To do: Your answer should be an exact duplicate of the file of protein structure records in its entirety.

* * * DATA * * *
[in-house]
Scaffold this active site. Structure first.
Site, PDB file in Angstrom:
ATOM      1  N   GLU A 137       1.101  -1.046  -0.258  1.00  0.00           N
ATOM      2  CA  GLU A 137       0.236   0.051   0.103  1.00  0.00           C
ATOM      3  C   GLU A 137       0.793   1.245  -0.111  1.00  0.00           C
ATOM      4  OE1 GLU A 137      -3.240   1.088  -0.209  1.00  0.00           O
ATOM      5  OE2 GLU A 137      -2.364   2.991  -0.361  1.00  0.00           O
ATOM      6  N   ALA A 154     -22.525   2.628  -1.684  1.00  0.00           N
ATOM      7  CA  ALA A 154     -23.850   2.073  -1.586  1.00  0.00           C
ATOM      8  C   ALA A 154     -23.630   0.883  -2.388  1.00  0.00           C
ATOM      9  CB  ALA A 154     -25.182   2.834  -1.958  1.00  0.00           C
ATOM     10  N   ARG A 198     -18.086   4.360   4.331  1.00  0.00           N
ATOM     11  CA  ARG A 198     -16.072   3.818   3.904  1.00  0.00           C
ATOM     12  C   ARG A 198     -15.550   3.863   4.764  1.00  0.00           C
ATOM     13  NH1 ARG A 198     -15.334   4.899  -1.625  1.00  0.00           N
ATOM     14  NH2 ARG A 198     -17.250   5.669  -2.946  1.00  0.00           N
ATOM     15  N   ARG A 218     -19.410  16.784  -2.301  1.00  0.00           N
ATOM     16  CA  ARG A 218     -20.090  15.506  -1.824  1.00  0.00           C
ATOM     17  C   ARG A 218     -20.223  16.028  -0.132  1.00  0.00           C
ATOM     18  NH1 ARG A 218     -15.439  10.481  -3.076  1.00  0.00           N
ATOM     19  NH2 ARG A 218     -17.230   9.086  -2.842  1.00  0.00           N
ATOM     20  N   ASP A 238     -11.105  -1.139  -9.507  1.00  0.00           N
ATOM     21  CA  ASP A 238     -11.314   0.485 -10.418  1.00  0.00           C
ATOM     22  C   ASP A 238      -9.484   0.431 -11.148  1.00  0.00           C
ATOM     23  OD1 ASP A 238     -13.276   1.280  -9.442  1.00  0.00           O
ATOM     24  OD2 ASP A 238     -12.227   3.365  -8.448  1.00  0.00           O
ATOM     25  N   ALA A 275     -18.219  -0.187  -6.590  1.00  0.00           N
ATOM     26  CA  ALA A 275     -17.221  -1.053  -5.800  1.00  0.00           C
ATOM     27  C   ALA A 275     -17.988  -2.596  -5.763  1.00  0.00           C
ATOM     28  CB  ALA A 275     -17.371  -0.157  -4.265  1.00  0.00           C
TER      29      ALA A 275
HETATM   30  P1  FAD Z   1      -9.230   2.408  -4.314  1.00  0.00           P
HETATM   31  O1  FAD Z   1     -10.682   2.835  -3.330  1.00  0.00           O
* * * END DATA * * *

[in-house]
Scaffold this active site. Structure first.
Site, PDB file in Angstrom:
ATOM      1  N   GLU A 137       1.101  -1.046  -0.258  1.00  0.00           N
ATOM      2  CA  GLU A 137       0.236   0.051   0.103  1.00  0.00           C
ATOM      3  C   GLU A 137       0.793   1.245  -0.111  1.00  0.00           C
ATOM      4  OE1 GLU A 137      -3.240   1.088  -0.209  1.00  0.00           O
ATOM      5  OE2 GLU A 137      -2.364   2.991  -0.361  1.00  0.00           O
ATOM      6  N   ALA A 154     -22.525   2.628  -1.684  1.00  0.00           N
ATOM      7  CA  ALA A 154     -23.850   2.073  -1.586  1.00  0.00           C
ATOM      8  C   ALA A 154     -23.630   0.883  -2.388  1.00  0.00           C
ATOM      9  CB  ALA A 154     -25.182   2.834  -1.958  1.00  0.00           C
ATOM     10  N   ARG A 198     -18.086   4.360   4.331  1.00  0.00           N
ATOM     11  CA  ARG A 198     -16.072   3.818   3.904  1.00  0.00           C
ATOM     12  C   ARG A 198     -15.550   3.863   4.764  1.00  0.00           C
ATOM     13  NH1 ARG A 198     -15.334   4.899  -1.625  1.00  0.00           N
ATOM     14  NH2 ARG A 198     -17.250   5.669  -2.946  1.00  0.00           N
ATOM     15  N   ARG A 218     -19.410  16.784  -2.301  1.00  0.00           N
ATOM     16  CA  ARG A 218     -20.090  15.506  -1.824  1.00  0.00           C
ATOM     17  C   ARG A 218     -20.223  16.028  -0.132  1.00  0.00           C
ATOM     18  NH1 ARG A 218     -15.439  10.481  -3.076  1.00  0.00           N
ATOM     19  NH2 ARG A 218     -17.230   9.086  -2.842  1.00  0.00           N
ATOM     20  N   ASP A 238     -11.105  -1.139  -9.507  1.00  0.00           N
ATOM     21  CA  ASP A 238     -11.314   0.485 -10.418  1.00  0.00           C
ATOM     22  C   ASP A 238      -9.484   0.431 -11.148  1.00  0.00           C
ATOM     23  OD1 ASP A 238     -13.276   1.280  -9.442  1.00  0.00           O
ATOM     24  OD2 ASP A 238     -12.227   3.365  -8.448  1.00  0.00           O
ATOM     25  N   ALA A 275     -18.219  -0.187  -6.590  1.00  0.00           N
ATOM     26  CA  ALA A 275     -17.221  -1.053  -5.800  1.00  0.00           C
ATOM     27  C   ALA A 275     -17.988  -2.596  -5.763  1.00  0.00           C
ATOM     28  CB  ALA A 275     -17.371  -0.157  -4.265  1.00  0.00           C
TER      29      ALA A 275
HETATM   30  P1  FAD Z   1      -9.230   2.408  -4.314  1.00  0.00           P
HETATM   31  O1  FAD Z   1     -10.682   2.835  -3.330  1.00  0.00           O